Jean M. Wenger, Director of the Law Library/Senior Lecturer
Chicago-Kent College of Law Library, Chicago, Illinois, USA
The author is a member of the IALL Board of Directors
Access to justice is integral to the rule of law. Access to justice enables people to have their voices heard, to exercise their rights, to challenge discrimination, or to hold decision-makers accountable. In 2012 the Special Rapporteur on Extreme Poverty and Human Rights, Office of the High Commissioner for Human Rights, called access to justice itself a human right. Countries and institutions have tried various strategies to expand access to justice including legislating legal aid services, increasing access to legal information, and simplifying procedures and paperwork. Of these strategies, the provision of legal aid is perhaps the most significant.
This post will introduce resources that survey and describe legal aid provision in countries worldwide. The current state of legal aid differs from country to country, given its political and social history, the status of its legal profession, and the country’s commitment to the rule of law.
What is legal aid? Legal aid generally encompasses legal assistance to people unable to afford legal representation. Legal assistance to indigent criminal defendants most often comes to mind. However, legal assistance for people dealing with civil or administrative matters, such as family law, consumer debt, and housing is gaining greater recognition.
How do countries promote legal aid? In some countries the national constitution contains articles related to the right to legal aid, and others have passed legislation. For example, Brazil and Kenya have directives for state-funded legal aid in their federal constitution and through legislation.
Legal aid directives appear in supranational legislation. Article 6 of the European Convention on Human Rights guarantees the right to legal assistance to those charged with a criminal offence where the defendant has insufficient means to pay for legal assistance. Article 47 of the Charter of Fundamental Rights of the European Union states that “[l]egal aid shall be made available to those who lack sufficient resources in so far as such aid is necessary to ensure effective access to justice.”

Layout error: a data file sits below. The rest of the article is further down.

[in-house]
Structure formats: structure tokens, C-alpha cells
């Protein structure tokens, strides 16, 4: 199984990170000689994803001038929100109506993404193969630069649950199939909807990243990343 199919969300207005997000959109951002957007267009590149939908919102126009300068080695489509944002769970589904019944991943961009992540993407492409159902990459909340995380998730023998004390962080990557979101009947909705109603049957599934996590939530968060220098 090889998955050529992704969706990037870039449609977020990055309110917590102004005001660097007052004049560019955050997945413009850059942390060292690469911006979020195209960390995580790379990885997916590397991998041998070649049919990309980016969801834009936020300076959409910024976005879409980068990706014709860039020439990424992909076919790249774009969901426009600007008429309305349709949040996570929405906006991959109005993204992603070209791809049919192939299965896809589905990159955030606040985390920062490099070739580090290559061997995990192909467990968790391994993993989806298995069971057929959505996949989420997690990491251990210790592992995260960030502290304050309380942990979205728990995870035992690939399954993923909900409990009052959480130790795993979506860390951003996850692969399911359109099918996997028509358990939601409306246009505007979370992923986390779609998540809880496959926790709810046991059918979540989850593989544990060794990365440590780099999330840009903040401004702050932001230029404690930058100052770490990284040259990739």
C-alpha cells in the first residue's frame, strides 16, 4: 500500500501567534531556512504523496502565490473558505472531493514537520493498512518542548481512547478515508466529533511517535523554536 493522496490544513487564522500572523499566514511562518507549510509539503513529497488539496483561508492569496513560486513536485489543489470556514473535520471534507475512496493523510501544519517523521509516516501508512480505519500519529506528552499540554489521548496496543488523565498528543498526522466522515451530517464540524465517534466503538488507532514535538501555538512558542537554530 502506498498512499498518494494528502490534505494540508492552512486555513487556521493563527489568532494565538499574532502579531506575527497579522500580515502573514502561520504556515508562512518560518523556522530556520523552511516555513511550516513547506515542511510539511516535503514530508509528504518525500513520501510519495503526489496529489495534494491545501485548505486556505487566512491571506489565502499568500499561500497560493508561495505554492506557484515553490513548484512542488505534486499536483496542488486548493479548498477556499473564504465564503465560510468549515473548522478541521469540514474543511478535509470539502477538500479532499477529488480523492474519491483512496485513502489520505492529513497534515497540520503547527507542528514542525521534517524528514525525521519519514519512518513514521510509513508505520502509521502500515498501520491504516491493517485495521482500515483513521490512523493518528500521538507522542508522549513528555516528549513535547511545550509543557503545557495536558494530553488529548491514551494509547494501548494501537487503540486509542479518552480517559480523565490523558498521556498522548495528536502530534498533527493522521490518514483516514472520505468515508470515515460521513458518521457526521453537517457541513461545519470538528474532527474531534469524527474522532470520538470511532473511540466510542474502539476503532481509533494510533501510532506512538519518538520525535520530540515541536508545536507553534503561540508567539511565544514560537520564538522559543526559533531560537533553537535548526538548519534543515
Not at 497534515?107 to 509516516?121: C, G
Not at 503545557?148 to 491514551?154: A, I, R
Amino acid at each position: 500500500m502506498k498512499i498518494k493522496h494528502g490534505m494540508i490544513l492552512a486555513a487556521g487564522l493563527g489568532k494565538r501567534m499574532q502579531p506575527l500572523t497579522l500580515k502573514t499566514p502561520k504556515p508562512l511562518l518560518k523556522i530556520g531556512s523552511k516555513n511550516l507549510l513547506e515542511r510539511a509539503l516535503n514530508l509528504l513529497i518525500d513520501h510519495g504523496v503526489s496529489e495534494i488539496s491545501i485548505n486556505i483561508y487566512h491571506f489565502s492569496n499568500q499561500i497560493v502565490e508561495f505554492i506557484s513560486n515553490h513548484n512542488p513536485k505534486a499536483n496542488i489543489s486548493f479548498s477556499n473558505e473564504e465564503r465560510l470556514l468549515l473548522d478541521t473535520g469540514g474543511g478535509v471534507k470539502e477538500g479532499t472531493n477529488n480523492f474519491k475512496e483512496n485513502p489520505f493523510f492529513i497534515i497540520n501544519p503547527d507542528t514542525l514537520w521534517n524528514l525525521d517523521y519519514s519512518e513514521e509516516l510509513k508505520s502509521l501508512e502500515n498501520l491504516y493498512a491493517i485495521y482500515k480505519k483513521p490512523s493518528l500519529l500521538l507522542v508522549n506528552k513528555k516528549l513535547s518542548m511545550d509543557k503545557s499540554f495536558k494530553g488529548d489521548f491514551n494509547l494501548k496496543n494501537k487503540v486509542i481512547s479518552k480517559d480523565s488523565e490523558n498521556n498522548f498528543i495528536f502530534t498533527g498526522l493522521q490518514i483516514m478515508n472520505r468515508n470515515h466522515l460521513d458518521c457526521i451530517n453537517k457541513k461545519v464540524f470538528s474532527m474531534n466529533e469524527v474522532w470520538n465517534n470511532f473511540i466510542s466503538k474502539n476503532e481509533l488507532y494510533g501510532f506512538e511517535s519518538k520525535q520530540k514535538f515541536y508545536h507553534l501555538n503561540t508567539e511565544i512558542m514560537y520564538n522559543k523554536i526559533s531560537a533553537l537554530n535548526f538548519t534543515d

The United Nations (“UN”) recognizes the importance of access to justice and legal aid. The UN General Assembly passed a resolution adopting the 2030 Agenda for Sustainable Development (“Agenda”) in 2015. The Agenda contains 17 Sustainable Development Goals, of which Goal 16 states: “[p]romote peaceful and inclusive societies for sustainable development, provide access to justice for all and build effective, accountable and inclusive institutions at all levels.” Coinciding with the Agenda, in 2014, the UN Development Programme and the UN Office on Drugs and Crime undertook the Global Study on Legal Aid (“Global Study”) to establish a baseline understanding of how countries address the right to legal aid in civil, criminal, and administrative cases. The Global Study includes several documents. A Global Report presents data, findings, and recommendations on access and provision of legal aid services worldwide. The Country Profiles describe legal aid delivery in 49 countries.
Libraries are integral to the success of the UN Agenda. Law librarians see upfront how institutions advance access to justice by providing legal aid. Lawyers in law firms offer pro bono legal services, judges and court personnel advance access to justice initiatives, and students in law schools participate in legal aid clinics. Law librarians champion meaningful access to information which helps courts, governments, and other institutions advance justice and legal aid initiatives.
Best wishes for a peaceful, healthy, and just 2022.
For Further Reading:
- United Nations Principles and Guidelines on Access to Legal Aid in Criminal Justice Systems (UN Office on Drugs and Crime, 2013)
- Legal Aid in Europe: Nine Different Ways to Guarantee Access to Justice? (Hague Institute for Innovation of Law, 2014)
- Securing Equal Justice for All: A Brief History of Civil Legal Assistance in the United States (Center for Law and Social Policy, CLASP, 2018)
- Global Pro Bono Survey (Latham & Watkins, 2019)
This Blog contains entries by members of the International Association of Law Libraries on issues germane to the Association’s areas of focus. Views expressed in an individual entry only represent the views of the author.